"Who suffered for our salvation... (Qui passus est pro salute nostra...)" (The qui is itself an ambiguous pronoun but in this context is obviously personal).

So it is absolutely true that on the cross God condemned the tyrannical power that is "Sin," but the way He did this is by seeing to it (Is. 53:10) that the Person of His Son died on a tree (which signifies divine accursedness according to Deut. 21:23). "Sin" and "Flesh" were definitively judged on Calvary when the man Jesus gave His last breath, and that means when the Son of God--He, the God-man--was put to death. This leads into the next point of critique.

Now that we have reminded ourselves that it was the Person of Jesus who endured the suffering and death of the cross at the hands of violent men, under the sovereign direction of the Father, we need to ask ourselves whether the Father would have ever been just to bring about the cursed death of Christ apart from a divine imputation of sin to Him. God is a just and impartial Judge, as the Scriptures make abundantly clear. In fact, the justice and vindication of God in all of His judgments is an even more prominent theme in the book of Romans than the justification of sinners! He does and can do no wrong. This implies that according to His just (image-covenantal, not "arbitrary" in a nominalistic sense) standards, no righteous man will ever perish under ultimate divine curse, and no wicked man will ever attain blessed eternal life. But of course we believe that God does justify the ungodly by faith in Christ (Rom. 4:5a). And the reason this doesn't violate the principle of Proverbs 17:15 (that the justification of the wicked and condemnation of the righteous are alike an "abomination" to Yahweh) is that God bases the verdict of justification on the imputation of righteousness (Rom. 4:5b). To avoid the Roman Catholic charge of "legal fiction" at this level of reckoning we need to go deeper toward the ultimate foundation, but we will do so under the final point of critique. For now it is enough to see that, on the side of the justification of sinful human beings, God is righteous to justify them only insofar as He first reckons them righteous, or "imputes" righteousness to them.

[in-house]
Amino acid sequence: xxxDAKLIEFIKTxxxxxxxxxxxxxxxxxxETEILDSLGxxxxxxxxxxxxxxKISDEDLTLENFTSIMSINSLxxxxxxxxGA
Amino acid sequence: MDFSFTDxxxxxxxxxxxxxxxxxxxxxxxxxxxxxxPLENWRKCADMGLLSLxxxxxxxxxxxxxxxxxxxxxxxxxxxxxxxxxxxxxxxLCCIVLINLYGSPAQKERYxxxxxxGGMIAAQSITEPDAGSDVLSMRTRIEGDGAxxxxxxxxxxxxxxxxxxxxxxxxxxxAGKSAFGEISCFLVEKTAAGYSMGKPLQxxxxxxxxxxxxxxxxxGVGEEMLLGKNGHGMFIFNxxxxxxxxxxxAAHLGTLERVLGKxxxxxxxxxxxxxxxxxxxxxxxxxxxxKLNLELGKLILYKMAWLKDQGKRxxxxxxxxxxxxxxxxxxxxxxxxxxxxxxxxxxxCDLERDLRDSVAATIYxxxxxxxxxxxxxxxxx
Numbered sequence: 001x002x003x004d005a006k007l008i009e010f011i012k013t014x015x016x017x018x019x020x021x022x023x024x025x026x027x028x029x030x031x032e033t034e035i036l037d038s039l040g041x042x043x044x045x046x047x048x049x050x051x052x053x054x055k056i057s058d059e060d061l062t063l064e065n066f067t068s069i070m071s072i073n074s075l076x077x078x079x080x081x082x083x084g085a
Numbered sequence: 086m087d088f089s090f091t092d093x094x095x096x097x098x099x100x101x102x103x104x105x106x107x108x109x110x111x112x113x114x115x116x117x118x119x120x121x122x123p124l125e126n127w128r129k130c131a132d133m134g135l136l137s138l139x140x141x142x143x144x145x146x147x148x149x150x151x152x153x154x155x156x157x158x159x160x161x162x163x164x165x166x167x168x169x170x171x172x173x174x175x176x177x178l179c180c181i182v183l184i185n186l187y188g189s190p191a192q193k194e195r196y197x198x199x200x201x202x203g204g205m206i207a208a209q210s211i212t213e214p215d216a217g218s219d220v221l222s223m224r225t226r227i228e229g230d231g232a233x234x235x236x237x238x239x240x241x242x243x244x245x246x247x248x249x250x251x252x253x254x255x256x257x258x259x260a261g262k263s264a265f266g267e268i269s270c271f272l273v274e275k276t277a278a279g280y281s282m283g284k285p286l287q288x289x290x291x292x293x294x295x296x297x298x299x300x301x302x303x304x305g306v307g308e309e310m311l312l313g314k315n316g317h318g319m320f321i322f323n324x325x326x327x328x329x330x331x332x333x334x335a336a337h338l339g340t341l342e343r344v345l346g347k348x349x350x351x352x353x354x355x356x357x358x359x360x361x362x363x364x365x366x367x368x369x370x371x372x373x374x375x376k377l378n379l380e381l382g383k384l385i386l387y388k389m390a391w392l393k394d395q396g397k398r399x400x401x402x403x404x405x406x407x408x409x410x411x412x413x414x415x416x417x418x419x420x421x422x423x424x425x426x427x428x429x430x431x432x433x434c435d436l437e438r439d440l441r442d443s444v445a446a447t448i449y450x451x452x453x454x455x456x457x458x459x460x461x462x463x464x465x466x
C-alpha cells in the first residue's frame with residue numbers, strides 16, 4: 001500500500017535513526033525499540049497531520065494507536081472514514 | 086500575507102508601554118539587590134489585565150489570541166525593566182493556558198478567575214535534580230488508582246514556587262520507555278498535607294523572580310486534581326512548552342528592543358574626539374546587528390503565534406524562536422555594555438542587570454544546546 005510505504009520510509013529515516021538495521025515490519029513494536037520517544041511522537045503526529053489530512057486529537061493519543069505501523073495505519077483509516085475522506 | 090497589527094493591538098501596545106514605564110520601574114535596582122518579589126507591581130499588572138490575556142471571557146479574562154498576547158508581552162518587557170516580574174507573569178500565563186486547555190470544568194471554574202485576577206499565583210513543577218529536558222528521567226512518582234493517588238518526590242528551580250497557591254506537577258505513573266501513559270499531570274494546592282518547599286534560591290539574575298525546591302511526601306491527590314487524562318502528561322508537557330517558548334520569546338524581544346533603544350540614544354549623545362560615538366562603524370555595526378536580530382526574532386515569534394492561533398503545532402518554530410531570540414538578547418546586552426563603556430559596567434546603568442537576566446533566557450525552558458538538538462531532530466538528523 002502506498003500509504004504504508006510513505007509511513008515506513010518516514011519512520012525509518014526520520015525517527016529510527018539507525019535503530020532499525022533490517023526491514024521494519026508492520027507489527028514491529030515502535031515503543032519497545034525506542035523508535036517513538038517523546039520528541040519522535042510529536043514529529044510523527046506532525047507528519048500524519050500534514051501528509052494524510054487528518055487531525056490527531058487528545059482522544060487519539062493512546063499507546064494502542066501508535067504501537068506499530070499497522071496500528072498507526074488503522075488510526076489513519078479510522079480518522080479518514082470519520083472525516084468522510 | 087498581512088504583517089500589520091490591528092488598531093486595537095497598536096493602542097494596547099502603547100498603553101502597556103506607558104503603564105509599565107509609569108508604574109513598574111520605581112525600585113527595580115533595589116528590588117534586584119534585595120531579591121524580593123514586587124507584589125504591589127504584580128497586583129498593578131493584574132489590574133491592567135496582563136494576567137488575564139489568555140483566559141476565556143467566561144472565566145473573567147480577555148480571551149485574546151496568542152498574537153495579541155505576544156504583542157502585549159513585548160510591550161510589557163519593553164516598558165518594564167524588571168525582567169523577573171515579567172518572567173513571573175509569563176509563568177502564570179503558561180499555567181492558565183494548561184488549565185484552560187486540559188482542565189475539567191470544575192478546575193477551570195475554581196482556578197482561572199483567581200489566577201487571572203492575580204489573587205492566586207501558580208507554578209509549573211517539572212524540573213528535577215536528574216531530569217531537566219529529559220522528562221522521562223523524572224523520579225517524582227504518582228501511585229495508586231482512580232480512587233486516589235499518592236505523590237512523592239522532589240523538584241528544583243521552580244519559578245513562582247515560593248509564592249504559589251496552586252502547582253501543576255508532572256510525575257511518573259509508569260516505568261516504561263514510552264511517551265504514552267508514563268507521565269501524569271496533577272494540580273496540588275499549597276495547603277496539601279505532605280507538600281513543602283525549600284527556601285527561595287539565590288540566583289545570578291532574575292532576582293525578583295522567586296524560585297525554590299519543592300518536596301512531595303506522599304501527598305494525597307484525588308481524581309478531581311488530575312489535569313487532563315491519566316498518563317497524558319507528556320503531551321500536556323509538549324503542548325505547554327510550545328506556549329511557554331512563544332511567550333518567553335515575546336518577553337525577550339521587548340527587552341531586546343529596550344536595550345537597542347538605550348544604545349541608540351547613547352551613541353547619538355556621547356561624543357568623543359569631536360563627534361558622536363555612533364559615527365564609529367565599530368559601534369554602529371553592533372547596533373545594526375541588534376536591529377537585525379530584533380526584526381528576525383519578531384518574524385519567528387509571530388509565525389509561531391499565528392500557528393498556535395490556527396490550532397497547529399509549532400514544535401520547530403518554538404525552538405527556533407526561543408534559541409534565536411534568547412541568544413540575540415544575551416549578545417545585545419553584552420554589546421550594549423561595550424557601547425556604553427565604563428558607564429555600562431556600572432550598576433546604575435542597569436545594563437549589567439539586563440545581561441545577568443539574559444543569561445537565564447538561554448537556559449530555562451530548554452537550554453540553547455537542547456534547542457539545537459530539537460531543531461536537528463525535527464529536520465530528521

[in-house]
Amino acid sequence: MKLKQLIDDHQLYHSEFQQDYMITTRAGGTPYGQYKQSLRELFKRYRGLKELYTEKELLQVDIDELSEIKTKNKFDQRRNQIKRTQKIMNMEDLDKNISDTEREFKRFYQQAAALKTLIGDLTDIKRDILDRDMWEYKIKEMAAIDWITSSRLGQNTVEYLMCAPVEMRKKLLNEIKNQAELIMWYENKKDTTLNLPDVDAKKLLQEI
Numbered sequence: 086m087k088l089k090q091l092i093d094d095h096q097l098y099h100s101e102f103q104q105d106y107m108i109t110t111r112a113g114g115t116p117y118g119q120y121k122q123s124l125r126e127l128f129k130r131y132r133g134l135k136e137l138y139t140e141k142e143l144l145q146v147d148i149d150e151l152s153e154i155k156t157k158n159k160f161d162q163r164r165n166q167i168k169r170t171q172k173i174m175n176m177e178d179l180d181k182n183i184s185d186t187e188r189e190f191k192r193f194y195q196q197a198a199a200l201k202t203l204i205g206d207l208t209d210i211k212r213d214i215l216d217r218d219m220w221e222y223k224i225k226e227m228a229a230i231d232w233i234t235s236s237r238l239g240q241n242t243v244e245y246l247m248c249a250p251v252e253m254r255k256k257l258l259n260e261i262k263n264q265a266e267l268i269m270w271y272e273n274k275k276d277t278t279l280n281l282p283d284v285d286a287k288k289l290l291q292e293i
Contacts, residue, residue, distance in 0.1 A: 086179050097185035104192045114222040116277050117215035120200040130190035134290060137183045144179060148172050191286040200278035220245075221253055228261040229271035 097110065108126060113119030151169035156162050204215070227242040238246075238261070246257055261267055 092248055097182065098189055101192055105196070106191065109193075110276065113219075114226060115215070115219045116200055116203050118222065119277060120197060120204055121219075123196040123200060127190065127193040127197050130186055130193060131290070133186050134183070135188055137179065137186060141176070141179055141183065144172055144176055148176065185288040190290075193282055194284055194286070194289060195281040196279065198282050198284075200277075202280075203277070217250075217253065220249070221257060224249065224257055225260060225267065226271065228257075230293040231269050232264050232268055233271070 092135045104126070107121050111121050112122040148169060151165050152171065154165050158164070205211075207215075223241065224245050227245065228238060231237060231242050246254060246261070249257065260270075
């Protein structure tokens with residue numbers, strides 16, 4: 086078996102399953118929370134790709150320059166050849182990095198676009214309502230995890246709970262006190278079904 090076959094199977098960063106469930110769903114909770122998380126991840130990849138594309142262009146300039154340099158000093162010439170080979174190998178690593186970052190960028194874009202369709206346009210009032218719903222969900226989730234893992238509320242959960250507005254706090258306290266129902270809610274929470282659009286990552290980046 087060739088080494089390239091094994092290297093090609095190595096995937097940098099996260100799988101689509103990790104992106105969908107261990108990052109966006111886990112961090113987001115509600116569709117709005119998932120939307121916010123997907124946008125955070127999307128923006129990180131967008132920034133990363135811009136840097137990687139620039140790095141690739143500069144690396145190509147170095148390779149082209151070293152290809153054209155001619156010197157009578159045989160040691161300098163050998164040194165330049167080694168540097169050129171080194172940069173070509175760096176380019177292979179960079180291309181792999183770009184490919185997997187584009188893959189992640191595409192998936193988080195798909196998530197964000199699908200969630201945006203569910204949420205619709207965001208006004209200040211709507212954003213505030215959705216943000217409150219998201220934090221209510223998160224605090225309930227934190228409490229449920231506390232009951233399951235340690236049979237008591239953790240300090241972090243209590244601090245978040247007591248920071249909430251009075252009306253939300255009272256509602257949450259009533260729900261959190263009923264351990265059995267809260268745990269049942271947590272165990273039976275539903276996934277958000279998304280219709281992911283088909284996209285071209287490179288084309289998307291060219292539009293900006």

Conversely, then, it is evident that God was only righteous or just to direct redemptive history to the end of the death of His Son, which was a death under ultimate, eschatological divine cursing (cf. Rom. 1:16-18 as background to Rom. 3:21ff), insofar as He reckoned Him a sinner. For the Father to justly "crush" the Son (Is. 53:10), He had to "[cause] the iniquity of us all to fall on Him" (Is. 53:6), not simply in the sense of laying the consequences of our iniquity on Him, but by imputing our iniquity to Him. As with the justification of sinners, we need to discuss further the deep sacramental and covenantal basis for this dynamic, or it will not be clear how the Father is any more just to impute sin to a sinless man than He would be to condemn a man apart from the imputation of sin. We also need to be careful to say that the Father was in fact intensely pleased with His Son's obedient going to the cross in the very same moment as divine wrath was poured out upon the Him in the place of His people. And the Father did impute perfect obedience to Him as well, and publicly vindicated ("justified") Him in His resurrection. This is because Christ had to bear the dual sanctions of the covenant in order to complete His mission as the Last Adam.

Therefore in the attempt to vindicate God by denying that He in any sense "condemned" Jesus, the actual death of Jesus according to the "hand" and "purpose" of God (Acts 4:28) ends up casting an even darker shadow on the justice of the Father. I say "darker" because while it is possible, as we will discuss below, for God to justly impute righteousness to the wicked or to impute sin to the Righteous One, it is in every way impossible for Him to justly sentence a righteous person to eschatological death apart from the imputation of sin. So how can it be? How could the Father have justly imputed sin to the Righteous One, His holy Son?